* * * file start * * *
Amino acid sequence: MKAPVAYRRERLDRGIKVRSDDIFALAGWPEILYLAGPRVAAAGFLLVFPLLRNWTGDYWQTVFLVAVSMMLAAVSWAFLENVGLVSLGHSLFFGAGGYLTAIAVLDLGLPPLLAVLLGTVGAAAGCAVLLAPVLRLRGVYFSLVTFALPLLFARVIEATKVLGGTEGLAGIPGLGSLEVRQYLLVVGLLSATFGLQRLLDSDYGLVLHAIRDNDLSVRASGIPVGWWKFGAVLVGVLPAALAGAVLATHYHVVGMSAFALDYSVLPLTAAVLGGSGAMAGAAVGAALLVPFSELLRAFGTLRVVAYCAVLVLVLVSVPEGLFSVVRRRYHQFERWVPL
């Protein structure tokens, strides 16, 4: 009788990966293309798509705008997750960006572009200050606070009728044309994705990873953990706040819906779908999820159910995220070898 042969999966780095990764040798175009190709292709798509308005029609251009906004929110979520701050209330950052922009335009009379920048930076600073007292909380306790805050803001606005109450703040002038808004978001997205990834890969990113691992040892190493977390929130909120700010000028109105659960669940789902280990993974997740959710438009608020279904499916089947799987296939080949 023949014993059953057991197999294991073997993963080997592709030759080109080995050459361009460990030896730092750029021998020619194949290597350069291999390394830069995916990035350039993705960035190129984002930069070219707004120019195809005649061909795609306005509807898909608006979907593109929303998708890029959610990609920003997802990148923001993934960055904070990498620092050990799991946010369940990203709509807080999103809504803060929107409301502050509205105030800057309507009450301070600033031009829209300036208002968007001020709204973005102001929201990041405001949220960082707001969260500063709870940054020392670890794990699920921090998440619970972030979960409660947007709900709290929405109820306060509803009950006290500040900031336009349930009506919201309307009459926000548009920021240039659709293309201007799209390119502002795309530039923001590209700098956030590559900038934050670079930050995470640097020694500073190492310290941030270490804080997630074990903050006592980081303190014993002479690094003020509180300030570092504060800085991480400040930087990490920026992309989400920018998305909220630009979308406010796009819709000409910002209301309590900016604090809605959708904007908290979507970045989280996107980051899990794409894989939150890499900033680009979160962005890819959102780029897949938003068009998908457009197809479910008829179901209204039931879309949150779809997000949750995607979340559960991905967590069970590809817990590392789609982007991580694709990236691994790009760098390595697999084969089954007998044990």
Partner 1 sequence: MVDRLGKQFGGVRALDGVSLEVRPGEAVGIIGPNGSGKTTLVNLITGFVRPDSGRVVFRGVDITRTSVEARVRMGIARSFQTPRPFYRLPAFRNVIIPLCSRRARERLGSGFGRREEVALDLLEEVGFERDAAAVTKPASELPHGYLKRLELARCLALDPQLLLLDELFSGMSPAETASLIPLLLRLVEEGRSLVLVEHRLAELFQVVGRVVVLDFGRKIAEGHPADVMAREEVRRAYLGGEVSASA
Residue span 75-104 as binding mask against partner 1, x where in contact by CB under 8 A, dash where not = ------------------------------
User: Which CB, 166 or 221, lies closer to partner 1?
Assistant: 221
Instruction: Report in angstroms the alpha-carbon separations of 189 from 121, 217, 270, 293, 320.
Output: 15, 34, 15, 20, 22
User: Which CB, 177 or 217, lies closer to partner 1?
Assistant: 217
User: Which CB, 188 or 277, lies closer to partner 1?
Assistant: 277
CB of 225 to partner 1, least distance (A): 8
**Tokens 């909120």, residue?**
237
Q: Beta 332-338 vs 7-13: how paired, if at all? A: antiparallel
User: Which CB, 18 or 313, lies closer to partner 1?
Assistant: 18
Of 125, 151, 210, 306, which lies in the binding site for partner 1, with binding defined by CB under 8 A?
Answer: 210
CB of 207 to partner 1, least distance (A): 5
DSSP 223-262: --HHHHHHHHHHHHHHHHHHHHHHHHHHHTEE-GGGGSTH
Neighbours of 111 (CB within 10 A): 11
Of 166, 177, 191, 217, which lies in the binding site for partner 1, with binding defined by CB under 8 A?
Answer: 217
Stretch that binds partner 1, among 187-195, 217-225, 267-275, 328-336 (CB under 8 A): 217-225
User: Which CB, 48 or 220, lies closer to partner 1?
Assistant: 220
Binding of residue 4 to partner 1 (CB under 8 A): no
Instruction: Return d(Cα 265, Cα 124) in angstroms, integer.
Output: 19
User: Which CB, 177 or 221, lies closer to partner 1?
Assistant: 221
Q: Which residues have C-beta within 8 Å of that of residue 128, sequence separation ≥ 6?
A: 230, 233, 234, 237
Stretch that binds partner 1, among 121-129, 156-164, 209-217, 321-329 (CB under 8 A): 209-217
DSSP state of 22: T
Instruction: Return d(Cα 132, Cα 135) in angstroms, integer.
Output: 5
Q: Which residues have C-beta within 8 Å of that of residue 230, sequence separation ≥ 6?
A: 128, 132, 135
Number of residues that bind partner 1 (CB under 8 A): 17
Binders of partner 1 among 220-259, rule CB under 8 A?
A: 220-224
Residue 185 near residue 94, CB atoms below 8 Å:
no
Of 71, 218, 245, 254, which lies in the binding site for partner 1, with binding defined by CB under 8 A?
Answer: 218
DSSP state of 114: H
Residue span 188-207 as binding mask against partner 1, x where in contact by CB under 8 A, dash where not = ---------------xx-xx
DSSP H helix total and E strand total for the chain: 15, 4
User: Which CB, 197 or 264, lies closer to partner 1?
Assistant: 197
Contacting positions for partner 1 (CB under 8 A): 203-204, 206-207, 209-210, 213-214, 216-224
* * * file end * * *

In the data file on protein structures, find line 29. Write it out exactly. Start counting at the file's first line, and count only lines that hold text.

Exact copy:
Binding of residue 4 to partner 1 (CB under 8 A): no